One story's good, they say, till another's told. Your clients, I will do you the justice to believe, can lye no faster than you can swear. But you seem to forget that the judge and jury generally have the curiosity to hear both sides. You will find it no difficult matter perhaps to black-ball Sam S. but if you can white-wash Mr. H. you'll be a clever fellow indeed.
...as to the people, I don't care a single farthing what they say, indeed I am too well acquainted with their natural propensity to lying and scandal, to expect either thanks or good words for my endeavours to serve them.
With respect to charity jobs, I am no more fond of them than yourself, and beg that this may be the last I receive from you, as I plainly perceive, if you can get an agent to do your business for nothing, it will in a very little time consist of nothing else but charity jobs.
...but if you succeed in persuading this poor devil to part with every penny of his own profits, in stripping him to the skin, in picking him to the bone, Jonathan Wild was a fool to you, that's all. You have my full and free consent to do whatever you please with the fellow, and god send him a good deliverance. But you won't forget to lend me the cash!
You cannot say that I have ever been backward in doing justice to your ingenious contrivances and unremitting assiduity in pursuit of money. I foresaw the success of your design upon the poor Count, too well concerted, indeed, to give him a chance of eluding it. But I am not yet sufficiently hardened to congratulate you upon an event which affords the immediate prospect of a jail for your client, and the not very distant one of a gallows—or at least a pillory—for yourself. Jonathan Wild was a great man, to be sure; but I would not have you forget that he was hanged at last.
Wolleys reflection on your proposal of drawing under the bar is certainly just...if it had not been for that little dirty place in the Savoy, I should most probably at this moment have been either in a jail, an attorneys office, or stationers shop; and it would be hard to say which of those situations is the worst.
You would be a slave to the attorneys, Whom I Have Found NOT ONLY THE MOST IGNORANT AND CAPRICIOUS, BUT THE MOST INSINCERE, UNPRINCIPLED, AND IN EVERY RESPECT, WORTHLESS OF MEN. In a word you had much better hang yourself at once than begin to draw under the bar. If you do not immediately accept Wolleys offer you may resign yourself to everlasting damnation, as there will not be a chance left of your doing well.
I thank you for the perusal of citizen Stanhopes letter, which does him great credit, no doubt, in several respects...it being perfectly clear...there is no law or dictum whatever which can render it criminal to supply a traitor, felon or other malefactor with the means of defending himself on his trial. But I say again, it is infinitely more commendable for a man of talents, accused of virtuous acts or intentions, by the name of treason or sedition, to depend entirely upon his own powers, than to be beholden to the prostituted eloquence of professional hirelings, let their abilities be what they may, procured too by means of a beggarly subscription: though no one has had energy enough to do so in this country. If Horne Tooke had defended himself, without assistance, he might, indeed, have been hanged, but, I believe, as he told the court, he would have been the last that suffered under such laws.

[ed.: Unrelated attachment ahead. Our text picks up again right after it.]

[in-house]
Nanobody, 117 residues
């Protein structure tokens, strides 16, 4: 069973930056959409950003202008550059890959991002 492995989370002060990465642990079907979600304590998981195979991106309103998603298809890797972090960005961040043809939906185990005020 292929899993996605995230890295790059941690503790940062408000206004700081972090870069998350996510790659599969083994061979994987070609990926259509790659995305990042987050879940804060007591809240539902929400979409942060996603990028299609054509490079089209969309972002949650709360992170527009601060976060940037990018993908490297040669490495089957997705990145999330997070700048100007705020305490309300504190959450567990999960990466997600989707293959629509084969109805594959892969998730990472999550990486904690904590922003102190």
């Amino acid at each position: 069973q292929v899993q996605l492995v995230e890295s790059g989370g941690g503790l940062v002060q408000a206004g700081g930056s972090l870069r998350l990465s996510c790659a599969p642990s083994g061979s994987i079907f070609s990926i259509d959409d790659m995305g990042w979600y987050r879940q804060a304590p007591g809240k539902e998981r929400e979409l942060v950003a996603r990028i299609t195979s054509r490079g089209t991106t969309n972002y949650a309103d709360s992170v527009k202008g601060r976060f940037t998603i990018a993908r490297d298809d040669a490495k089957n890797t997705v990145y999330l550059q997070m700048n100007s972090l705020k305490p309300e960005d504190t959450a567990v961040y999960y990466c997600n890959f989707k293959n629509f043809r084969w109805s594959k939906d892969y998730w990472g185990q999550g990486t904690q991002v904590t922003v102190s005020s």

It suits your purpose, no doubt, to delude the unwary by false colors; as the devil, when he commences innkeeper, hangs out an angel for his sign. The real meaning, however, is that you '--set down ALL in malice.' Shakspears morality, in the hands of a Reviewer, is to be read backward, like a witch's prayer.
Cursory Criticisms on the Edition of Shakspeare Published by Edmond Malone Critical Reviewers preface
You would see my name in the last Gentlemans Magazine. The scoundrel of an editor had the impertinence to omit the best part of my letter.
With respect to a revolution, though I think it at no great distance, it seems to defy all calculation for the present. If the increase of taxes, the decline of manufactures, the high price of provisions, and the like, have no effect upon the apathy of the sans culottes here, one can expect little from the reasoning of philosophers or politicians. When the pot boils violently, however, it is not always in the cooks power to prevent the fat from falling into the fire. But suppose a revolution do happen, how is it to provide for you? People will have to work for their bread, I presume, pretty much as they do at present; for a long series of years at least; and he who has nothing will be in equal danger of starving. In fact the idea of an approaching change should influence you the rather to fix yourself in a business or situation which would enable you to take advantage of it when it did come: and I do not see but an attorney is as likely to make his way in case of a revolution as any other member of the profession.